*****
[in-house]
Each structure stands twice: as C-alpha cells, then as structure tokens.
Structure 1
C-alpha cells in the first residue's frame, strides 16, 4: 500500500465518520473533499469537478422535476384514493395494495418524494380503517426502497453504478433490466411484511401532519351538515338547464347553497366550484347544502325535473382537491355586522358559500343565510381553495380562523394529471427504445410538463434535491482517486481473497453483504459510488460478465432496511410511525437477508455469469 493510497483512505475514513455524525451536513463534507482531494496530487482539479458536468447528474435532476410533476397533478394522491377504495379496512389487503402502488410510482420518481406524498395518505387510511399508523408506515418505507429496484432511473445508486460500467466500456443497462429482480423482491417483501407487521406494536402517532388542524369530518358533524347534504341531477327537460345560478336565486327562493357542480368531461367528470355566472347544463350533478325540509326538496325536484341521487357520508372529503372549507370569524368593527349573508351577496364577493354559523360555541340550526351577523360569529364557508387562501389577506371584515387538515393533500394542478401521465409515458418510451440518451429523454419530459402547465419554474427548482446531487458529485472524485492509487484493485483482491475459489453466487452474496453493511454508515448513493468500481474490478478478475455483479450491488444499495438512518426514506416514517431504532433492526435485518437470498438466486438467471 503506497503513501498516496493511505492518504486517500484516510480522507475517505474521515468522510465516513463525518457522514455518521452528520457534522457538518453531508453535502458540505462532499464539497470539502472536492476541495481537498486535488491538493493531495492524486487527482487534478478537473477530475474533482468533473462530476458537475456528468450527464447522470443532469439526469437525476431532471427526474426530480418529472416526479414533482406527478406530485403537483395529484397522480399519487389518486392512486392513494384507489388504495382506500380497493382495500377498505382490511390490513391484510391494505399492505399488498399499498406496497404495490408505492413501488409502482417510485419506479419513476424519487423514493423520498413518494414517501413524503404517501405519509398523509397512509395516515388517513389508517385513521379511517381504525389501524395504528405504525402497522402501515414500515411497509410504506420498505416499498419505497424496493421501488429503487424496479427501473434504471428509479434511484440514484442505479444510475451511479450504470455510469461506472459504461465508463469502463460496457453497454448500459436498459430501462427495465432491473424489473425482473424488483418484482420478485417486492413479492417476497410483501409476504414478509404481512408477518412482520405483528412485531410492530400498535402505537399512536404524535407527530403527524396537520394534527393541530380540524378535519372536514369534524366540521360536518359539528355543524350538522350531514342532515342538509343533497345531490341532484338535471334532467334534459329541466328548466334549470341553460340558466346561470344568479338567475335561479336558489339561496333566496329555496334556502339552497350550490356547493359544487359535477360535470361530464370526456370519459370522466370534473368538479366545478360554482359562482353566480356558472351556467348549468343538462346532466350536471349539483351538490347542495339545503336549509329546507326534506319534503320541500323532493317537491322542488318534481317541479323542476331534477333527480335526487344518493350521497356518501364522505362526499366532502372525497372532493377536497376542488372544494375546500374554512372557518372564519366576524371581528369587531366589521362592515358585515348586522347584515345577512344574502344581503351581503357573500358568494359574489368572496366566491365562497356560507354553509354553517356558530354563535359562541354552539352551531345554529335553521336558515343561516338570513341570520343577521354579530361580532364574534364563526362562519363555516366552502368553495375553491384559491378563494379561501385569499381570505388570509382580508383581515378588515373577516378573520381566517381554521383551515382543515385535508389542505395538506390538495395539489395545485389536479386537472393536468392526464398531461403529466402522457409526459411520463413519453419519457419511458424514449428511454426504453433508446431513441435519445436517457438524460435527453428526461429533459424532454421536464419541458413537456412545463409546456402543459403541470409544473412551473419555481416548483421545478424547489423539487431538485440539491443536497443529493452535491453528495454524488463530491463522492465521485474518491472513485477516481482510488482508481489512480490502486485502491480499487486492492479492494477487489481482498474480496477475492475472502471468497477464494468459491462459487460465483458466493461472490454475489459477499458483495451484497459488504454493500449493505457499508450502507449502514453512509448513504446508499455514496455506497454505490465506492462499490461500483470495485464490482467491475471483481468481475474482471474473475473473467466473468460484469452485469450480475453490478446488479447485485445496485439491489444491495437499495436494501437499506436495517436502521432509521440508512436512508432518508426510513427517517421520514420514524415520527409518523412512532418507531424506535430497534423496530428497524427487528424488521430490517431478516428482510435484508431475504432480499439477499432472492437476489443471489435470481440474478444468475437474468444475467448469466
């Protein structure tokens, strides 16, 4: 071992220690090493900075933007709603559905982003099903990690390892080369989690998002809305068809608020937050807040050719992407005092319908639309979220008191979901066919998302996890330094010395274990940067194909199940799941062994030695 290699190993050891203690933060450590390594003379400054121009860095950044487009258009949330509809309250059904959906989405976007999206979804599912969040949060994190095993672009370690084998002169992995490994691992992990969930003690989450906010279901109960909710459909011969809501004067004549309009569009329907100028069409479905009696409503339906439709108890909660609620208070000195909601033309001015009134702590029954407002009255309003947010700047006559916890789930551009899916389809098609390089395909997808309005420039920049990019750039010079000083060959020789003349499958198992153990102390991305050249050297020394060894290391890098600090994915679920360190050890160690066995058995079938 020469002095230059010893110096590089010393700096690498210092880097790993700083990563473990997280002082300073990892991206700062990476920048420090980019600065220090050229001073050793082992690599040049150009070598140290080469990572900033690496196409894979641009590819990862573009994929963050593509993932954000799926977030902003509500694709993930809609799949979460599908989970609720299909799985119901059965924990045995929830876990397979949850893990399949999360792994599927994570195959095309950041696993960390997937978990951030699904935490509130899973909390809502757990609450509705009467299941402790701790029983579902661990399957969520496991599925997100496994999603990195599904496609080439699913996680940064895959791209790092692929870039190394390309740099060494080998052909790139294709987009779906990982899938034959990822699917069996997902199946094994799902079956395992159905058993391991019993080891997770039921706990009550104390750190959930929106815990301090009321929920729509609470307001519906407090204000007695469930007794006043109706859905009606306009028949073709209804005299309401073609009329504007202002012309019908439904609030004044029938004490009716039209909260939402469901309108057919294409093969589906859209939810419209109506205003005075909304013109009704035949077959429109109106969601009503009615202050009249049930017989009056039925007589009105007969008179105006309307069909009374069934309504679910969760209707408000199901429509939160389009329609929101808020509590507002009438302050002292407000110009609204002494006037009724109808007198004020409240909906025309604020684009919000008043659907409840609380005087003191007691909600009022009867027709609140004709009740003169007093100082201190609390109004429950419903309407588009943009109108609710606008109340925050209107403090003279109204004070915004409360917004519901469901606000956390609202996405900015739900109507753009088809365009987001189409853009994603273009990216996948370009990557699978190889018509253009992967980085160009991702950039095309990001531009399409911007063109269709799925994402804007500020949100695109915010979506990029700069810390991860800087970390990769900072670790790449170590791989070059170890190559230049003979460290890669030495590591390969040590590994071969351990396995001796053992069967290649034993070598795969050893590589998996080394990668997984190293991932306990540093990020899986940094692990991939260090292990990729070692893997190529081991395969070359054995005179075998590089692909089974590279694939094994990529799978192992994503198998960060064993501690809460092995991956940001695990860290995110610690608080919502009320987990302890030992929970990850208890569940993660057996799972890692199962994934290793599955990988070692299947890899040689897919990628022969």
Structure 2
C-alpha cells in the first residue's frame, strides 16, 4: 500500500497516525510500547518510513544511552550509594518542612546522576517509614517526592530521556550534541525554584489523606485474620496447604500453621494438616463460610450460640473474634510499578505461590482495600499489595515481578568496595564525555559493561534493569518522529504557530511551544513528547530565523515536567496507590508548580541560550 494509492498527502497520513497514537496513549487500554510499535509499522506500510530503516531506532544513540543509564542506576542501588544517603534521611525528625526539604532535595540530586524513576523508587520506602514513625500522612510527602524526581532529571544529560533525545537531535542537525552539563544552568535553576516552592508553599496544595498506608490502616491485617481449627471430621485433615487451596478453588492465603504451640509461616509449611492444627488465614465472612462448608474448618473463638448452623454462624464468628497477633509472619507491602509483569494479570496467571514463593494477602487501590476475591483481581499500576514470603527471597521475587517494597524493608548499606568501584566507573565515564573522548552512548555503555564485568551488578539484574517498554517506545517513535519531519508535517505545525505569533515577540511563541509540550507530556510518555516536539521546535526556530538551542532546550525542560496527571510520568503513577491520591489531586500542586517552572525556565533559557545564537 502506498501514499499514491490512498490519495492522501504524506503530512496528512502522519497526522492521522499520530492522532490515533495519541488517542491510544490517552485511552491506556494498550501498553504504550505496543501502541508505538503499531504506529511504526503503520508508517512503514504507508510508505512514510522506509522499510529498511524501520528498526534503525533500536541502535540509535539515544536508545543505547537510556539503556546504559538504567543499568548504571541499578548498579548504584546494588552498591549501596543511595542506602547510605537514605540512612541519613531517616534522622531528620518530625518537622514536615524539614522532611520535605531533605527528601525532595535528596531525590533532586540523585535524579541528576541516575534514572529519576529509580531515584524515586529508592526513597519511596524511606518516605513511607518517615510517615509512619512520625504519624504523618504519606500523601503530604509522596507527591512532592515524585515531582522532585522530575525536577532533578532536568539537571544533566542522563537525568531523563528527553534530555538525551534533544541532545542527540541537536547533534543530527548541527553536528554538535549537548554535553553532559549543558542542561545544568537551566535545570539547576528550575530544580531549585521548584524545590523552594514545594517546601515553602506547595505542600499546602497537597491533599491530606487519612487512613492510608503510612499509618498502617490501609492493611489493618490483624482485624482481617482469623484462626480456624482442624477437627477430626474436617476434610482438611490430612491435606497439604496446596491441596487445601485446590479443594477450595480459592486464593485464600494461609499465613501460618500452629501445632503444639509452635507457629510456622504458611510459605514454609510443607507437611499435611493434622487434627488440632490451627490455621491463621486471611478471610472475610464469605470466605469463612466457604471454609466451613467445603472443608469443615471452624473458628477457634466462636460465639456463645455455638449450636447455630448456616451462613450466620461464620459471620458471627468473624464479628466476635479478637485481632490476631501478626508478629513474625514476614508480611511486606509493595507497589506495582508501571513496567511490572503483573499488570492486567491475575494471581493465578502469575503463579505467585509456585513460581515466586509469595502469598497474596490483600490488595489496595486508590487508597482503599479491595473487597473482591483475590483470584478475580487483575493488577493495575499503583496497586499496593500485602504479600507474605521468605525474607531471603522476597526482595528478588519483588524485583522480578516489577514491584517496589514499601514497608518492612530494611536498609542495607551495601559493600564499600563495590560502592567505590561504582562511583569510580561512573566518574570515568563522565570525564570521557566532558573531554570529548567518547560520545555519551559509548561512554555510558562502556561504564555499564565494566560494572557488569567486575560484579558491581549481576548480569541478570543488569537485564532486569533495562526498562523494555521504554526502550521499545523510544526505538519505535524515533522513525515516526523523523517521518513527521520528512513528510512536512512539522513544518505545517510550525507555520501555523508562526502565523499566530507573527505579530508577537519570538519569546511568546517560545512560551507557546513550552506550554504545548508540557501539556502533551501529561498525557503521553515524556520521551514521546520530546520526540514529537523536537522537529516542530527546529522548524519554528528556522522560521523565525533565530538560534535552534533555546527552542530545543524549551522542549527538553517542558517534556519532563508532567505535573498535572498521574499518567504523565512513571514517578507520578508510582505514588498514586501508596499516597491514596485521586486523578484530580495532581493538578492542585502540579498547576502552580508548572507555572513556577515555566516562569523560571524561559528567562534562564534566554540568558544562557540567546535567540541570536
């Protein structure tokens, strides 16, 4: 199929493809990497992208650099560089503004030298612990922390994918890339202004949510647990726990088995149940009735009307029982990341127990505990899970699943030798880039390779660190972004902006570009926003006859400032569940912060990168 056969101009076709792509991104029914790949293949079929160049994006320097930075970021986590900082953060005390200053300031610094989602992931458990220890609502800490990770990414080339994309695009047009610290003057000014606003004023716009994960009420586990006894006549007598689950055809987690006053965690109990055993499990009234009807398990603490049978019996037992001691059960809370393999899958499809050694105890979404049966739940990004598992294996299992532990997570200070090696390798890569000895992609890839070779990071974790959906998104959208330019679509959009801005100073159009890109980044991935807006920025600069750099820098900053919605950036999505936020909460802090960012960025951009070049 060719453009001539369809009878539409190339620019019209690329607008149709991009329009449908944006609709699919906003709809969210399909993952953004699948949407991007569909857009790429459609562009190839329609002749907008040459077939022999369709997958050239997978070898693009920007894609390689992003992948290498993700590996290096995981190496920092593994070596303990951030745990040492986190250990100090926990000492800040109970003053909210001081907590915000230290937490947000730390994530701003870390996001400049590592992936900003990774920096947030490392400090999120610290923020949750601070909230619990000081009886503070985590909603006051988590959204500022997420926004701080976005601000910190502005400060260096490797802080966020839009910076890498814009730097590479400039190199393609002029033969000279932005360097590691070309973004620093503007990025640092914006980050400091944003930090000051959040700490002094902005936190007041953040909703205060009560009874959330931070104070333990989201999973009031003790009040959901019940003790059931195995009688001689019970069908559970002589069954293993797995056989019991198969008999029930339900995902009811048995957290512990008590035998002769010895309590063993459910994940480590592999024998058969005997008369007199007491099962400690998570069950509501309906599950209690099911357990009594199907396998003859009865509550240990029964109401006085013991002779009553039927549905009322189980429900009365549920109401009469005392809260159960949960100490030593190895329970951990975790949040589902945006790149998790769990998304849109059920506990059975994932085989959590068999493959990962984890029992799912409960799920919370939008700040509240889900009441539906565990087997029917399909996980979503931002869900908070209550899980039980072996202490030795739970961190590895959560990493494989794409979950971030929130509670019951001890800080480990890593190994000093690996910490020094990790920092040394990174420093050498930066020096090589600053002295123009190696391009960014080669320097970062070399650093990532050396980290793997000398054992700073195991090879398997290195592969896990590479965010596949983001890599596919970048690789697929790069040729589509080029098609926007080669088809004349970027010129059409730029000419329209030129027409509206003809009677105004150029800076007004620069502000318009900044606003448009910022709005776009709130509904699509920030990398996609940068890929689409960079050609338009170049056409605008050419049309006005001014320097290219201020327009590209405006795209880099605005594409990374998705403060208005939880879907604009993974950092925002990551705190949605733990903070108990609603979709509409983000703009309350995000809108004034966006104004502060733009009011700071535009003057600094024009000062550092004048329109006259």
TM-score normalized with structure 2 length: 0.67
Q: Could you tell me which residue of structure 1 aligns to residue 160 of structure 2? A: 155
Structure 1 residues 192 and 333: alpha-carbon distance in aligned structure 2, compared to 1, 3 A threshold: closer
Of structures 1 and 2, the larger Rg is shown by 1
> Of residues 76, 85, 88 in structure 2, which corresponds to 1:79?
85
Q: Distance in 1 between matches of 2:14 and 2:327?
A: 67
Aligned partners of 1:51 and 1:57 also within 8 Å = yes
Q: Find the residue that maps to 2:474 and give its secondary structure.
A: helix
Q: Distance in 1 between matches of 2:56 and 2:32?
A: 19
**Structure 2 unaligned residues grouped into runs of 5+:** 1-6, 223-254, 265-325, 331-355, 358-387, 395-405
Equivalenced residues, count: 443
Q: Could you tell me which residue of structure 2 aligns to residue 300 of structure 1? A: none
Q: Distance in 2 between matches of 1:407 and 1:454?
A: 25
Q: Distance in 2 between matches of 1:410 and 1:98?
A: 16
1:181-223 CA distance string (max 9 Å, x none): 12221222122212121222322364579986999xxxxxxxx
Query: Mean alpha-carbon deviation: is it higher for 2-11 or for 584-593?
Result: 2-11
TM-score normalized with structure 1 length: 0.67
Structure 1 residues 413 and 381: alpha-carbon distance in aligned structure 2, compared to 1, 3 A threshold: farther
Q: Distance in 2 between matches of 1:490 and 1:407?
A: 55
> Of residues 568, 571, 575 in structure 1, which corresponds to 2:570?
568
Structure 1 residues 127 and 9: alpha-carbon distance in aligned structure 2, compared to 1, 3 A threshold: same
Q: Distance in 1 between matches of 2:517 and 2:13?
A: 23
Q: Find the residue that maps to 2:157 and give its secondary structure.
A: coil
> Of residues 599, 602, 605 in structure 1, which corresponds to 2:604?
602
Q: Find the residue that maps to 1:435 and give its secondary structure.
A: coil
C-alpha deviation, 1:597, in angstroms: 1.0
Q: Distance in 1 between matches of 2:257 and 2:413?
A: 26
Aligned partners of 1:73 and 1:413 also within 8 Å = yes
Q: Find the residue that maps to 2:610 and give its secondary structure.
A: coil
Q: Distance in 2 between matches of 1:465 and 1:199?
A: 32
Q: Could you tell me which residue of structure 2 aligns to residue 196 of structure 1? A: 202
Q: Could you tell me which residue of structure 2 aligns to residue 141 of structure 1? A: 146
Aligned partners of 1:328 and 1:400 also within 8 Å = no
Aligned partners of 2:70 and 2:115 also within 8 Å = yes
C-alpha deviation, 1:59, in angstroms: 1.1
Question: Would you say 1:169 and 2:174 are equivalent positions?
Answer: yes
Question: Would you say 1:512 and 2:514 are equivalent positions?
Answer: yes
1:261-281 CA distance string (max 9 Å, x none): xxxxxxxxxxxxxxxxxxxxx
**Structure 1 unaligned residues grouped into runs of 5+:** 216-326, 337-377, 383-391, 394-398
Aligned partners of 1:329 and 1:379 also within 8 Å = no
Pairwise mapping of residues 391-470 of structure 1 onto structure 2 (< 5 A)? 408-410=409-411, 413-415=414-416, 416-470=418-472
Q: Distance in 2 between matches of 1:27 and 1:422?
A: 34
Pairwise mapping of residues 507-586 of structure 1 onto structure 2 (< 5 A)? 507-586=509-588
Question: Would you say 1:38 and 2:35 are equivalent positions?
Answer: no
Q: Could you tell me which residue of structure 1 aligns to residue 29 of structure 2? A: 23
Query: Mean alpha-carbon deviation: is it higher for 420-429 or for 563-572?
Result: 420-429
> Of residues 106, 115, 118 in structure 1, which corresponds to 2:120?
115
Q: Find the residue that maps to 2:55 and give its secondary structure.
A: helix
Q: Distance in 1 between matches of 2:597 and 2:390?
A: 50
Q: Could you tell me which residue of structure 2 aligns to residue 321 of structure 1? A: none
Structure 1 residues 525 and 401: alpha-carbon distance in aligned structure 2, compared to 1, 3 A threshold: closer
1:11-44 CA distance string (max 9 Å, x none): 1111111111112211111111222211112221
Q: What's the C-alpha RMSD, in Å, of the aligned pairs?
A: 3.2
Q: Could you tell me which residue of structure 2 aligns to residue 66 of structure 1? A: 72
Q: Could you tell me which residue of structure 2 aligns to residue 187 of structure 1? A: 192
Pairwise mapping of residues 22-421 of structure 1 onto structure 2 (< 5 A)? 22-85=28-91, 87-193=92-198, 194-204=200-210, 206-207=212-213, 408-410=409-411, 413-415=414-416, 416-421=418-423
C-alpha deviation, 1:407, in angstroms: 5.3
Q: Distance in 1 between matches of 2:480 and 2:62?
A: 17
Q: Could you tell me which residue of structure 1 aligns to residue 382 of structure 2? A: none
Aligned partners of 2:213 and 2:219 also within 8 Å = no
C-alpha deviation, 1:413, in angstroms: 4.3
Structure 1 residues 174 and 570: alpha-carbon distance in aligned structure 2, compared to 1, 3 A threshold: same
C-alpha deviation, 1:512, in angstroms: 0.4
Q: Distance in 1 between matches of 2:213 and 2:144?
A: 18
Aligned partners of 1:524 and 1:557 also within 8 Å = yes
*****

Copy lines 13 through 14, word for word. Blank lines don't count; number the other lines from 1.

> Of residues 76, 85, 88 in structure 2, which corresponds to 1:79?
85